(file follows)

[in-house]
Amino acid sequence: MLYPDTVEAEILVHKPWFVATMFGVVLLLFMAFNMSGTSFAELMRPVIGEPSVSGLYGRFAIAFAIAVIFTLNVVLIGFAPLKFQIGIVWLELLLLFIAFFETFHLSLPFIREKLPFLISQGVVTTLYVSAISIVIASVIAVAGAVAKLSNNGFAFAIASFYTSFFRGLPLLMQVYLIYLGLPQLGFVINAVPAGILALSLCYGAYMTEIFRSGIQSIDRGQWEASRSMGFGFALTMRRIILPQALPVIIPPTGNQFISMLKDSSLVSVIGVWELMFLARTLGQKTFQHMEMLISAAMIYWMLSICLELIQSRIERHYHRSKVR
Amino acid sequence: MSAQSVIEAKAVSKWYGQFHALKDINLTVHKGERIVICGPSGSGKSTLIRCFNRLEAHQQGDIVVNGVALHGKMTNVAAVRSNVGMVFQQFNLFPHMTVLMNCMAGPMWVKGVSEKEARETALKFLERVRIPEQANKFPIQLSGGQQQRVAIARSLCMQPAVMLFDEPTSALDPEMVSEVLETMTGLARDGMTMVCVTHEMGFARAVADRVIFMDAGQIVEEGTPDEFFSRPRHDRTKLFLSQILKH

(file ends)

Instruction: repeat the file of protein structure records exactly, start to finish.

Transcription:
[in-house]
Amino acid sequence: MLYPDTVEAEILVHKPWFVATMFGVVLLLFMAFNMSGTSFAELMRPVIGEPSVSGLYGRFAIAFAIAVIFTLNVVLIGFAPLKFQIGIVWLELLLLFIAFFETFHLSLPFIREKLPFLISQGVVTTLYVSAISIVIASVIAVAGAVAKLSNNGFAFAIASFYTSFFRGLPLLMQVYLIYLGLPQLGFVINAVPAGILALSLCYGAYMTEIFRSGIQSIDRGQWEASRSMGFGFALTMRRIILPQALPVIIPPTGNQFISMLKDSSLVSVIGVWELMFLARTLGQKTFQHMEMLISAAMIYWMLSICLELIQSRIERHYHRSKVR
Amino acid sequence: MSAQSVIEAKAVSKWYGQFHALKDINLTVHKGERIVICGPSGSGKSTLIRCFNRLEAHQQGDIVVNGVALHGKMTNVAAVRSNVGMVFQQFNLFPHMTVLMNCMAGPMWVKGVSEKEARETALKFLERVRIPEQANKFPIQLSGGQQQRVAIARSLCMQPAVMLFDEPTSALDPEMVSEVLETMTGLARDGMTMVCVTHEMGFARAVADRVIFMDAGQIVEEGTPDEFFSRPRHDRTKLFLSQILKH